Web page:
A few weeks ago, I received an inquiry from a teacher who had left the “corporate life” to pursue her dream of teaching Pilates.  She had completed her training, was beginning to teach professionally and had suddenly realized the uncertainty that the career of the Pilates teacher posed in comparison to the corporate world.  In her company, there was a clear line of progress through marks and measures that one could progress to.  The Pilates world’s line has, well, a bit more “movement” involved.  In this week’s post, I share my best advice on how to make a career of your own design within the world of Pilates.  We’ll touch on the subject of your pathway, outlets for gaining yourself a promotion and even insurance benefits.  Let’s GO!



1. move or lie in a winding path or line.
“fresh tire tracks serpentined back toward the hopper”


If there’s one word to describe my career path in this profession it would be “serpentine.”  I have bobbed and weaved my way through a serendipitous pathway of experience-laden opportunities and am grateful for each one.  Today, I share the important themes that I learned along this pathway.  Remember that currently, there is no one way to find success in the method.  Your individuality is an asset and the following are suggestions to help you grow your service as a Pilates teacher to a full-fledged career!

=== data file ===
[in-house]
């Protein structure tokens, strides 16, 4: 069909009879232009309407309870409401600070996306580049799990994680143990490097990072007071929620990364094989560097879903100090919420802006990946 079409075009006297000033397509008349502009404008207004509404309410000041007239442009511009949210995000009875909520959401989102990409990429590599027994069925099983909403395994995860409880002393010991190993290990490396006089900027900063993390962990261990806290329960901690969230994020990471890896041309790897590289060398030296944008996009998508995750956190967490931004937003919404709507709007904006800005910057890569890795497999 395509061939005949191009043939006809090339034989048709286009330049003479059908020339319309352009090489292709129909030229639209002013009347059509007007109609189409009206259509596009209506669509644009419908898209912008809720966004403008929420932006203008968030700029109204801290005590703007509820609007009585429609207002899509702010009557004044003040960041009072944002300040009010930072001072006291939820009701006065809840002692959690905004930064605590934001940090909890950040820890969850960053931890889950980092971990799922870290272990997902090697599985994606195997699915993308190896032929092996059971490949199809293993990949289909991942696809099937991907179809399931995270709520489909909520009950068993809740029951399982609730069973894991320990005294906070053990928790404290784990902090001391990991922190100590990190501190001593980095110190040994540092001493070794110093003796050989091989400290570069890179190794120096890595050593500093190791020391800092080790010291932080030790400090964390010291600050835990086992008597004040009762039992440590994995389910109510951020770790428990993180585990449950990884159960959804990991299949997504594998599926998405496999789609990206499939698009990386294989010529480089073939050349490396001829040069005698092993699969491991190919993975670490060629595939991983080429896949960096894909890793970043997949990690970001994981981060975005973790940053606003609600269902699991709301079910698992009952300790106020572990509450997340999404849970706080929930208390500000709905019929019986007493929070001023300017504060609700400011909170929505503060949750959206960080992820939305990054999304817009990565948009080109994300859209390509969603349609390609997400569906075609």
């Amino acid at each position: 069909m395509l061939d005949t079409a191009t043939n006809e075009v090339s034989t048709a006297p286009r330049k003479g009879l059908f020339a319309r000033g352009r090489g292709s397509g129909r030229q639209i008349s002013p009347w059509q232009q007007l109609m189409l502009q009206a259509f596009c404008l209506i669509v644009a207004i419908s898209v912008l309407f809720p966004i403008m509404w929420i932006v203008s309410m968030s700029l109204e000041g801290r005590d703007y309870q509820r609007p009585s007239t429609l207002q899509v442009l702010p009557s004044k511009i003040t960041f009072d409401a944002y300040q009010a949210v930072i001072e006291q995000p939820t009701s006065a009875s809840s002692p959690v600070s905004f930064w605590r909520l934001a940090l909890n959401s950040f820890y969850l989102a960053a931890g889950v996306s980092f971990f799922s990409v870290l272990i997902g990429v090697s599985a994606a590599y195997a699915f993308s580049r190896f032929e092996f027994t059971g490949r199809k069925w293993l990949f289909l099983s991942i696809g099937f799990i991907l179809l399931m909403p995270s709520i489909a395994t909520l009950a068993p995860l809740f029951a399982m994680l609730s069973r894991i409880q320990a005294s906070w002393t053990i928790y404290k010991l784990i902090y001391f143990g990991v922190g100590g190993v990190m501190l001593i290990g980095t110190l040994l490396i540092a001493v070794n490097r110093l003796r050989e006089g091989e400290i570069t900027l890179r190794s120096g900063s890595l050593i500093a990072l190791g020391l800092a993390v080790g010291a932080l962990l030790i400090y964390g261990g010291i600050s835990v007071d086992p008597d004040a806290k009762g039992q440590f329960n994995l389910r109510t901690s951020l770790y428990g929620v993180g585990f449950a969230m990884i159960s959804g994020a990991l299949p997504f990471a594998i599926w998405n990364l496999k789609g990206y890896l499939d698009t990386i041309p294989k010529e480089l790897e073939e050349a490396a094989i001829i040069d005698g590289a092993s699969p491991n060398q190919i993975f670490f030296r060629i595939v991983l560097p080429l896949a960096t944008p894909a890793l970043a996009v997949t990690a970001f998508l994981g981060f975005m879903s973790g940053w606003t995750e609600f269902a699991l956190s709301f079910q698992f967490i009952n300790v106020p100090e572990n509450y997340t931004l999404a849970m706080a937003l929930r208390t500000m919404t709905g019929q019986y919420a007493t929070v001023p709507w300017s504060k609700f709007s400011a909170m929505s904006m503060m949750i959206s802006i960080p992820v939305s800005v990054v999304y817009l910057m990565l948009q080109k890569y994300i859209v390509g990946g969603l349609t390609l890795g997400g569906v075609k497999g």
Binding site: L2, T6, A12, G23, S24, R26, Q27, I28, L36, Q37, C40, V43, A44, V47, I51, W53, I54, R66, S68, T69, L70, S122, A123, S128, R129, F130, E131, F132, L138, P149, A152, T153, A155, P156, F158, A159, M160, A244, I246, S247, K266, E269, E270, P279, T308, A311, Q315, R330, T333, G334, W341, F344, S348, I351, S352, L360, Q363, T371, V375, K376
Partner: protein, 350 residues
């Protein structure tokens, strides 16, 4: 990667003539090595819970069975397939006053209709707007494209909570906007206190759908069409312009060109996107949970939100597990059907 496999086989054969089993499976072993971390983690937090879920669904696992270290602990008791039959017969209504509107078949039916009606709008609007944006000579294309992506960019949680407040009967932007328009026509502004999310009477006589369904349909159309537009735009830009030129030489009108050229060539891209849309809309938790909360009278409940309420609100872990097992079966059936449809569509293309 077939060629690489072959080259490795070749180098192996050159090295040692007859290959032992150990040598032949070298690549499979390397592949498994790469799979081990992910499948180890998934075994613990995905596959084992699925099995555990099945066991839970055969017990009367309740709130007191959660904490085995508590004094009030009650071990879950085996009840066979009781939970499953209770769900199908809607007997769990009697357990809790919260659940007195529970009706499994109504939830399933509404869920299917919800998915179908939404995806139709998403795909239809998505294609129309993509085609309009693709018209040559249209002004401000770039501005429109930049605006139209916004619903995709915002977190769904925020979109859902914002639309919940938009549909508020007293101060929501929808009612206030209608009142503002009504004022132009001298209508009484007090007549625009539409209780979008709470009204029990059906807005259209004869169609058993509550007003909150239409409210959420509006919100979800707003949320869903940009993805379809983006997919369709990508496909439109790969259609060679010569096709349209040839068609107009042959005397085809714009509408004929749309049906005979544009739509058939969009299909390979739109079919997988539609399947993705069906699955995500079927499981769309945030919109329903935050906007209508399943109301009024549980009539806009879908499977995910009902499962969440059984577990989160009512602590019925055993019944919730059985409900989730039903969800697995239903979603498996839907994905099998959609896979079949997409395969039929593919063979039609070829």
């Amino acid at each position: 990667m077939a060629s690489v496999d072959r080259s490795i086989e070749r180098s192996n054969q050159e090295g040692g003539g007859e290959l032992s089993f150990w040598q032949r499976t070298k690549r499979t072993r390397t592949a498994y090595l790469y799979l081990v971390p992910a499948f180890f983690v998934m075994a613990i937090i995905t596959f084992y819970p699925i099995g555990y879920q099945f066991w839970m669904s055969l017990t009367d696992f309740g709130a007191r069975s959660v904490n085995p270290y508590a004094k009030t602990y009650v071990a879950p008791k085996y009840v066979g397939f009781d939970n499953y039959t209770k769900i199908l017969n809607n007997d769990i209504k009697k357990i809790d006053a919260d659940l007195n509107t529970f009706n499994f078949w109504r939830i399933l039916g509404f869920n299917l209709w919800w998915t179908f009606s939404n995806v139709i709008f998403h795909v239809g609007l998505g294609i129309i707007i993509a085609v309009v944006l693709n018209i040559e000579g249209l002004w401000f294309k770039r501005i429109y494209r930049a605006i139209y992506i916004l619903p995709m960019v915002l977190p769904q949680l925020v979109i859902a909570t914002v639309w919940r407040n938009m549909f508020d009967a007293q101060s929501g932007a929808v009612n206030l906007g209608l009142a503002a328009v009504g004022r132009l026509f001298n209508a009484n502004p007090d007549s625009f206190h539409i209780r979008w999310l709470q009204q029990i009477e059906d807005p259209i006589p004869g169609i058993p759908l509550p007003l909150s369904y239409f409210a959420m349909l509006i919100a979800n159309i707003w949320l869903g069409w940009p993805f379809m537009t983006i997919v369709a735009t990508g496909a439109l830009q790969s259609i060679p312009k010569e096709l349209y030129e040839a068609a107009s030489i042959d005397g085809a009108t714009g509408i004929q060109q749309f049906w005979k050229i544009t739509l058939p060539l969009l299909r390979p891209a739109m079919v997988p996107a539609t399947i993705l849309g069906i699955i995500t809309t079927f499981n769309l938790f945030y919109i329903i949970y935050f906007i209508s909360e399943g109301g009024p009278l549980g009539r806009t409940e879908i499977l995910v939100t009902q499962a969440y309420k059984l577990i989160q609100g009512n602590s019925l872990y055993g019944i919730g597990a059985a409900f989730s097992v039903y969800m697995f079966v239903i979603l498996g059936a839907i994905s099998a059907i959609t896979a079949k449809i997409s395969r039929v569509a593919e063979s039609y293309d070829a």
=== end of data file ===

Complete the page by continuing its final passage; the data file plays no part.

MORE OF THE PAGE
In the beginning

It’s no secret that good training sets the foundation of any strong professional’s journey.  You’ve got to have something to share in order to be able to make a full career out of it.  So YES! Invest in your training.  Find a training program that resonates with your vision at present, even if that vision has little reference to Pilates.  What impact do you desire to make? What training may offer you the skills to grow to a place where that impact is possible? Does your training program represent itself? Or does it represent the individual voices that share their work? There are so many choices in the world today – make one that works for you, otherwise you’ll find yourself in another comprehensive training sooner rather than later.

i’m teaching, now what?

Teaching is part of the deal.  Teach often and teach well.  Say yes to as much as you can realistically handle, but avoid long-term commitments.  What I mean is: Give yourself permission to acknowledge that a situation is no longer serving you, should it stop being fulfilling.  Saying yes to teaching lots of bodies helps you learn to address many body-types, mind-sets, ability-levels and demographics.  From here, you get to figure out where it is you are thriving.  What types of sessions lift you up and what types of sessions give you stress or drain your energy?  What types of situations reflect that impact that you determined to be part of your journey? Find out where you stand out and go there.


I believe it’s a great strategy to teach in multiple locations for a time.  Too much of this can breed a feeling of disconnection and travel time can certainly cut into your income.  However, while you are building your book, it’s important to recognize where you find ease in your teaching.  Is it in a private practice? Group class setting? Group Equipment setting? Through working in different environments, you can discover where your work will thrive.  I’m a huge fan of following the path of least resistance in the beginning.  Let it be easy to fill your schedule and don’t be afraid to let some things go that aren’t working for you.